Above and beyond the financial problems introduced by the digital distribution of music, many hands have been wrung over cultural problems unleashed at the same time. A flood of virtual ink has been spilled this year, as an example, on a complaint voiced by the critic Simon Reynolds, in his book Retromania, which among other things is about how the relentless presence of the past, digitally speaking, has led to a state in which we don’t allegedly have a genuine, current-day culture, just an ongoing regurgitation of bygone stylings.
There are so many things that strike me as wrong with this complaint; probably time for an essay. In the meantime, I go back to one of Fingertips’ founding mottoes: listen with your ears, not your mind. The idea that music has to be stylistically “different” is a mental construct. To my ears, music can be different by simply being good. So, is a song like “The Reins To Your Heart” representative of some kind of new, 2010-ish musical style? Not a bit. Does this mean it can’t be good or that we are somehow culturally poorer because the Pittsburgh foursome New Shouts recorded it? Of course not. It’s a good song! Yes, its garage-soul groove harkens back to the proto-white-boy-soul of a group like the Soul Survivors (best known for “Expressway To Your Heart,” non-coincidentally enough). Why can’t a good song sound familiar? Why can’t it remind you of another good song?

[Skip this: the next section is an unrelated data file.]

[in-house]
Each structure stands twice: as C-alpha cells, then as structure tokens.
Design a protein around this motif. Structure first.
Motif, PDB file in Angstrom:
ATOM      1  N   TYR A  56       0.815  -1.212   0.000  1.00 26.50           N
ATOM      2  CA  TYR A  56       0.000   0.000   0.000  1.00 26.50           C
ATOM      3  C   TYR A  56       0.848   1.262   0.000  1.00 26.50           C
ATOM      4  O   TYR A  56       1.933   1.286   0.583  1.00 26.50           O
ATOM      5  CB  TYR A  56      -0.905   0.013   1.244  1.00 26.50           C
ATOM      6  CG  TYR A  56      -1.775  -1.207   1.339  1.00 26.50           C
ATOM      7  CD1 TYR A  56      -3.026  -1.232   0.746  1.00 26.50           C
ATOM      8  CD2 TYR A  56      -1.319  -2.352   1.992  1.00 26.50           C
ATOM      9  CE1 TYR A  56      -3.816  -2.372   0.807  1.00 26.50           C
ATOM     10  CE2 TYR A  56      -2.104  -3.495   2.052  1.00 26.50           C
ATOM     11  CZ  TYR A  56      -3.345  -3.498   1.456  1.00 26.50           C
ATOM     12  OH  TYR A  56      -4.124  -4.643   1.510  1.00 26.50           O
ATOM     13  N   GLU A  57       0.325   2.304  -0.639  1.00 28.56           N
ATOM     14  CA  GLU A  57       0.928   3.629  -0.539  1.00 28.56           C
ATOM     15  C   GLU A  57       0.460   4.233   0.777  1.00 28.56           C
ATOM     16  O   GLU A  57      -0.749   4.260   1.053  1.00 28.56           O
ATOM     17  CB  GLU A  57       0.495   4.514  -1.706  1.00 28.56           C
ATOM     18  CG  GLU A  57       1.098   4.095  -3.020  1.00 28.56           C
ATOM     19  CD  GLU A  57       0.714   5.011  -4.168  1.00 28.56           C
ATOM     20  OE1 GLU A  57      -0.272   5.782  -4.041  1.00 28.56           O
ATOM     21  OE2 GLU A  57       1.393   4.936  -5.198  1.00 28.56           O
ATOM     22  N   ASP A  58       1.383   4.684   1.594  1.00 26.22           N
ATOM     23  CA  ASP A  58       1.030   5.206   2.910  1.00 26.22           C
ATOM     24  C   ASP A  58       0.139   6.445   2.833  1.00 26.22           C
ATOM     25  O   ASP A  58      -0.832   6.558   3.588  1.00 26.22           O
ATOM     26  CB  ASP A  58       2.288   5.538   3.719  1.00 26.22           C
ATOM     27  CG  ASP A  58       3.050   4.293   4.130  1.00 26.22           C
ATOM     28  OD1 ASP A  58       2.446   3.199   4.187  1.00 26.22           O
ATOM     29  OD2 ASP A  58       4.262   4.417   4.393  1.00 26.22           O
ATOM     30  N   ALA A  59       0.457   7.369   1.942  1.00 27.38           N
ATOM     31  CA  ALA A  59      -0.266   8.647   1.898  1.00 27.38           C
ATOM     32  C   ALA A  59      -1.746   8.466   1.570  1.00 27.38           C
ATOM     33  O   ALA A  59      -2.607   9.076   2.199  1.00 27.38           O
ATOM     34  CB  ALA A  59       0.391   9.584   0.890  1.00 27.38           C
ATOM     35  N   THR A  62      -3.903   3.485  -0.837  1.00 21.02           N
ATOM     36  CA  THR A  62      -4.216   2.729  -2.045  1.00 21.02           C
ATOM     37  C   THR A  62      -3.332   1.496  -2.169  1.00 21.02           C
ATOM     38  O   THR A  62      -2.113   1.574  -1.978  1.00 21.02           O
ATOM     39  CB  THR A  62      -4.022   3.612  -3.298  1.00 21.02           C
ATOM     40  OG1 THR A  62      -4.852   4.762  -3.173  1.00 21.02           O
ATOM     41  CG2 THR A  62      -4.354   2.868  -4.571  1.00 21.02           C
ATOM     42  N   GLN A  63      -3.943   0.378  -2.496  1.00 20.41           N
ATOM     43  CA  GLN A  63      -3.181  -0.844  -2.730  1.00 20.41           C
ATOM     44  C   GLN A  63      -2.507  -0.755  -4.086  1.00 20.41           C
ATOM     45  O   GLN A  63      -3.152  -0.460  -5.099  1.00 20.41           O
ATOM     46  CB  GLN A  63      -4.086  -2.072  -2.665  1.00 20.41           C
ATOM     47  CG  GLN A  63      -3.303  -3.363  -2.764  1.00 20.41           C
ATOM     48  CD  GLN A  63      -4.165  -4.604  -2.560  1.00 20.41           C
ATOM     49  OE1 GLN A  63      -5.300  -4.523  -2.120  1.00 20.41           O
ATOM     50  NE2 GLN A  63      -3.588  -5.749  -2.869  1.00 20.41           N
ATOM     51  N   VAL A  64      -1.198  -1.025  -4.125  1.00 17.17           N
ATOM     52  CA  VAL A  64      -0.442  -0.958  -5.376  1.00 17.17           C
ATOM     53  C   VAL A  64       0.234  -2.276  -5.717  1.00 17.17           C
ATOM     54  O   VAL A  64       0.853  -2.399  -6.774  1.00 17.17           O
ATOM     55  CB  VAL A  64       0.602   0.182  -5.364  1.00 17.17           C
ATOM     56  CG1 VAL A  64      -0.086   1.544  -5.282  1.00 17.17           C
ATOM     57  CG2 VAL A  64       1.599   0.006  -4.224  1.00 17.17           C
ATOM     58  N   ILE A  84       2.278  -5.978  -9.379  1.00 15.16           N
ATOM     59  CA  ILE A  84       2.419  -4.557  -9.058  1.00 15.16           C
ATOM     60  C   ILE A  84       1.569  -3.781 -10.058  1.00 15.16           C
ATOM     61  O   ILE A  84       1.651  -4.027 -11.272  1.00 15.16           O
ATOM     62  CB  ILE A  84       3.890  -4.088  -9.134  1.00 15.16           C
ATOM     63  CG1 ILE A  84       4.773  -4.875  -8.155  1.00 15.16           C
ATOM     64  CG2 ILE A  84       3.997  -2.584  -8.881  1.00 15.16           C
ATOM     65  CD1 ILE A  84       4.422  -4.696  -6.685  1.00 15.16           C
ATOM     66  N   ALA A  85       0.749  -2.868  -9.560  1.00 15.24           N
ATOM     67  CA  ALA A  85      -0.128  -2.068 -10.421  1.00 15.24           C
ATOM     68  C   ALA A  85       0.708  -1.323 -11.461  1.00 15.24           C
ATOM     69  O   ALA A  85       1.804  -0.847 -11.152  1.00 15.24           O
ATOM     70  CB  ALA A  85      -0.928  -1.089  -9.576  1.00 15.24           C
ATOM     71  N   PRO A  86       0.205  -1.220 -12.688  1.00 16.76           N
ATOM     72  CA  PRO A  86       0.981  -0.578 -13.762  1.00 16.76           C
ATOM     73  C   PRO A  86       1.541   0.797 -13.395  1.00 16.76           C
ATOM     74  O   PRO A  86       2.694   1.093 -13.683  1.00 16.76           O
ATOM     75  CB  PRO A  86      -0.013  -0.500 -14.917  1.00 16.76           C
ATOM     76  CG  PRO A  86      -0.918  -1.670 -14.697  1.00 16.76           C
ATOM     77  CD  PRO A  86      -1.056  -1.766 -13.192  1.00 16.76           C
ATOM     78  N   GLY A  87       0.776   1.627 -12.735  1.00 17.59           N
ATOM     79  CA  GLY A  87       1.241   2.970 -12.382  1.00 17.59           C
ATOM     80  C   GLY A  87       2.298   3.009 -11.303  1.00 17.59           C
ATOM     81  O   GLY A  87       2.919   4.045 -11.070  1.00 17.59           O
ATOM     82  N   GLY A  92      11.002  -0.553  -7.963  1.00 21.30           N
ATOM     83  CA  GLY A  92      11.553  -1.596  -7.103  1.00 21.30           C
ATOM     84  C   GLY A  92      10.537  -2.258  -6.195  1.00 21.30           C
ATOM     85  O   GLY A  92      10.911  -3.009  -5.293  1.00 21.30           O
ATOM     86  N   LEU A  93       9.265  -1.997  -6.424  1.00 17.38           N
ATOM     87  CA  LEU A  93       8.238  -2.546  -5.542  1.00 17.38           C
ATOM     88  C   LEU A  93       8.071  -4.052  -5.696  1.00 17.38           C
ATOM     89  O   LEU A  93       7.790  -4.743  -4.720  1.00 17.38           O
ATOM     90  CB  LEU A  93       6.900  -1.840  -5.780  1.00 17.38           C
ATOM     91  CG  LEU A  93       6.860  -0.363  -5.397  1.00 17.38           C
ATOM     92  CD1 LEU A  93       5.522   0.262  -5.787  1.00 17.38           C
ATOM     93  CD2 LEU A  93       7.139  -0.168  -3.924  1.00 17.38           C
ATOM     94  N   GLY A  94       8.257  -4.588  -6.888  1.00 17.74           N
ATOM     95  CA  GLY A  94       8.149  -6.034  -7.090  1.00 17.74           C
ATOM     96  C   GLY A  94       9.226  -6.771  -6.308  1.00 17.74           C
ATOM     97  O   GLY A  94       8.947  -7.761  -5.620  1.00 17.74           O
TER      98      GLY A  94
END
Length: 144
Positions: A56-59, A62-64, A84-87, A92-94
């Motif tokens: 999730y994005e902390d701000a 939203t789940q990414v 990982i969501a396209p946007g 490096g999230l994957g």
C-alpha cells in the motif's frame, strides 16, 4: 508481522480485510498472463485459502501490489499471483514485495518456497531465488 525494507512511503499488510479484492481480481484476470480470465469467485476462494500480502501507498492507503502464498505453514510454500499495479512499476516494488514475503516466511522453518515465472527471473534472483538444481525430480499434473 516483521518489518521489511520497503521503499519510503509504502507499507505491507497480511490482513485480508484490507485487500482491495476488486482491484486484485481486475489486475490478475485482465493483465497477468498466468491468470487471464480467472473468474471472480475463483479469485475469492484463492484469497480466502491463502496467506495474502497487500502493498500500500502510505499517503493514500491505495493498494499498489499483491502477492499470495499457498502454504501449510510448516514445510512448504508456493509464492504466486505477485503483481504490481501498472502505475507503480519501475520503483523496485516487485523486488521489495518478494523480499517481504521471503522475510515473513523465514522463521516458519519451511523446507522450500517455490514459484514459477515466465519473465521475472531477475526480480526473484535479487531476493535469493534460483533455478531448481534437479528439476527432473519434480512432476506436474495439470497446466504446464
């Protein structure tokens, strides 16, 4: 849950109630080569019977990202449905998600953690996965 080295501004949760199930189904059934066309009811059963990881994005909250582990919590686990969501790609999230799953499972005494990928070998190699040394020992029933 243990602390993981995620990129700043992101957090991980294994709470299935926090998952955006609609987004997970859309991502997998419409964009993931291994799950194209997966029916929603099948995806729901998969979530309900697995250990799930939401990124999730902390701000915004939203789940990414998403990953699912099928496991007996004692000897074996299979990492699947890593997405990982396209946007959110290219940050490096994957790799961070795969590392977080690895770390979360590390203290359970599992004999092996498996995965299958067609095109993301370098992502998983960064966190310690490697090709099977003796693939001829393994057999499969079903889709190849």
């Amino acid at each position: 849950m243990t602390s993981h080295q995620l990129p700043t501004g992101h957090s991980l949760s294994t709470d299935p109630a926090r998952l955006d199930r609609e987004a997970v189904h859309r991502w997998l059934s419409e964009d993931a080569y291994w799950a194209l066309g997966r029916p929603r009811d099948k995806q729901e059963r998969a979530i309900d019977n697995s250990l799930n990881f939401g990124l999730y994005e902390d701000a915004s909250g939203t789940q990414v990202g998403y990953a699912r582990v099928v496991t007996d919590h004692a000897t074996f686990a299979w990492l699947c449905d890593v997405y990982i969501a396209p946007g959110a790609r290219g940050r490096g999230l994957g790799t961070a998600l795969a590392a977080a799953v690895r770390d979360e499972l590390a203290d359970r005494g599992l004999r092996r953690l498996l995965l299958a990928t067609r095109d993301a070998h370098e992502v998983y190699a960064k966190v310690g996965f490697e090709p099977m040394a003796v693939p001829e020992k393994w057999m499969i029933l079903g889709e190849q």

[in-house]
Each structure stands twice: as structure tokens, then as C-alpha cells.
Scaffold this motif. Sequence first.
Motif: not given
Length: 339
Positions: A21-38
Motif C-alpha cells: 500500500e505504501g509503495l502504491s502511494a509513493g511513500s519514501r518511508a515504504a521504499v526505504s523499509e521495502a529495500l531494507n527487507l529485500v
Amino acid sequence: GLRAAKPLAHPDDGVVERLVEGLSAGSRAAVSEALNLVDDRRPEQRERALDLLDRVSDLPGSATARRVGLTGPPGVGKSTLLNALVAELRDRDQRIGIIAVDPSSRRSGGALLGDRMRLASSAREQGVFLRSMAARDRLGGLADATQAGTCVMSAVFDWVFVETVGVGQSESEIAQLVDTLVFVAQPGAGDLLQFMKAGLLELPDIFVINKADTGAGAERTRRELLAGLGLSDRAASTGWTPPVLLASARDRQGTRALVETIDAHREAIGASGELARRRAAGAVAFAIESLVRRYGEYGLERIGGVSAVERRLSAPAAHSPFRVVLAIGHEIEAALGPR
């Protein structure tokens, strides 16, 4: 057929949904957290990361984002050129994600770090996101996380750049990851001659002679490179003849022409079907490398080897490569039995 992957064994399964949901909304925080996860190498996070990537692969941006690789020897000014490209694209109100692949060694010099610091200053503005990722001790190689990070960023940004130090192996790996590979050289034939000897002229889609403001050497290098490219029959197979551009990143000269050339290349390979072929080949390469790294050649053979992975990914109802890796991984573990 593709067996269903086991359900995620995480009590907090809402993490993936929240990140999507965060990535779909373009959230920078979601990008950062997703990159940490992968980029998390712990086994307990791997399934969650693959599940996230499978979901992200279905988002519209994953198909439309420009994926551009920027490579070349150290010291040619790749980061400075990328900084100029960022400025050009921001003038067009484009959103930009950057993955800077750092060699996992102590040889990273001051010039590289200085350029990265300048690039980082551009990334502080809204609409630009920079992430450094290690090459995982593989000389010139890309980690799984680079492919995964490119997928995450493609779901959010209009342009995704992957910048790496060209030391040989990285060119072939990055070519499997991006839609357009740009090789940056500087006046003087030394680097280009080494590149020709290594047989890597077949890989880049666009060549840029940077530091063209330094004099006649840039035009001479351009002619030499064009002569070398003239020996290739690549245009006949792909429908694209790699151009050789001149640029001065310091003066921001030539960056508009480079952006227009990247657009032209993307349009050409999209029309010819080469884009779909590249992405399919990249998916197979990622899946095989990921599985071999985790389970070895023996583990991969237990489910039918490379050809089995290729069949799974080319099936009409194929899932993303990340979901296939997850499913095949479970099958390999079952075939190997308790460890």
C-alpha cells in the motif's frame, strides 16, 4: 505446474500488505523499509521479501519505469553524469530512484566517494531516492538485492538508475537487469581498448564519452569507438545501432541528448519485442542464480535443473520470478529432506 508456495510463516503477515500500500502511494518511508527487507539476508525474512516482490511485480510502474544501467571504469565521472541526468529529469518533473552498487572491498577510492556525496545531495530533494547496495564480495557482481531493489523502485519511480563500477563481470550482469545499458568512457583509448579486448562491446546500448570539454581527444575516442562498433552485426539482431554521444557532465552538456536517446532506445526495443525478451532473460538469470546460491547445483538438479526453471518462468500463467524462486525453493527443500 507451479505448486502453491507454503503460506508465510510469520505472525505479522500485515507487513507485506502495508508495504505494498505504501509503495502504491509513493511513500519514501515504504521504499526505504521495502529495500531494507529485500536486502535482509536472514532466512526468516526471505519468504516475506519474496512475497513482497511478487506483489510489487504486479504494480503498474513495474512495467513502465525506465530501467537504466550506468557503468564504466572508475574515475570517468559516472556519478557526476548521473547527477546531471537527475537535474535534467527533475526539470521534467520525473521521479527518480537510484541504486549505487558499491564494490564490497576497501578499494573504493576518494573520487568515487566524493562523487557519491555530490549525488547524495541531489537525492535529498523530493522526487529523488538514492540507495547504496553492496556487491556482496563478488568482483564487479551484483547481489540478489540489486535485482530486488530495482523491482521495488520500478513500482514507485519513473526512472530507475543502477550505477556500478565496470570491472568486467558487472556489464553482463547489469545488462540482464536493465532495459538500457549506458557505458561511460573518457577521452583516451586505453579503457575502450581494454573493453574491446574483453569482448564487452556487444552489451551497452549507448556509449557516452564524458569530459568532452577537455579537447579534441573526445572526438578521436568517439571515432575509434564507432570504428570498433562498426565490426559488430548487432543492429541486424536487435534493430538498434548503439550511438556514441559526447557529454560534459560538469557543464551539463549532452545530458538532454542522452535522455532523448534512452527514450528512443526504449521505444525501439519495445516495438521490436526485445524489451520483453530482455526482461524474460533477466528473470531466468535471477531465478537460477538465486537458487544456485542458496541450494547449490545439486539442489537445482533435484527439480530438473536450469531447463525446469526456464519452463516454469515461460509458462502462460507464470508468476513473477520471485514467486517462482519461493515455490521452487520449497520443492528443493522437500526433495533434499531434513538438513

To harp on stylistic similarities is to overlook other factors that make music both pleasing and emotionally resonant. I always start with melody, because that’s me. “The Reins To Your Heart” is one of those lucky songs that begins with its hook—a smartly constructed melody (beginning at 0:11, right out of that pleasantly clangy introduction) in which the first half traces a descending B minor chord, the second an ascending A minor chord. Comprised only of the three notes from these two adjacent chords, the melody has a natural swing, running down and up those third intervals, while likewise feeling solid and primal, the aural equivalent of a three-legged stool. And the chorus is no slouch either, affording the song a second and maybe even third hook (this is also one of the those lucky songs with more than one solid hook), via the “Baby, please believe me” segment, with its group lead vocal and classic-soul vibe, leading up to that unerring, off-the-beat response line, “I want you back.” We’ve heard all of this before. So what? It gives me that deep inner smile I get when I know the music is working. Retromania has nothing to tell me, or you, about that.
“The Reins To Your Heart” is the lead track from New Shouts’ first non-single release, the seven-song EP Sing New Shouts, which was self-released in September via Bandcamp.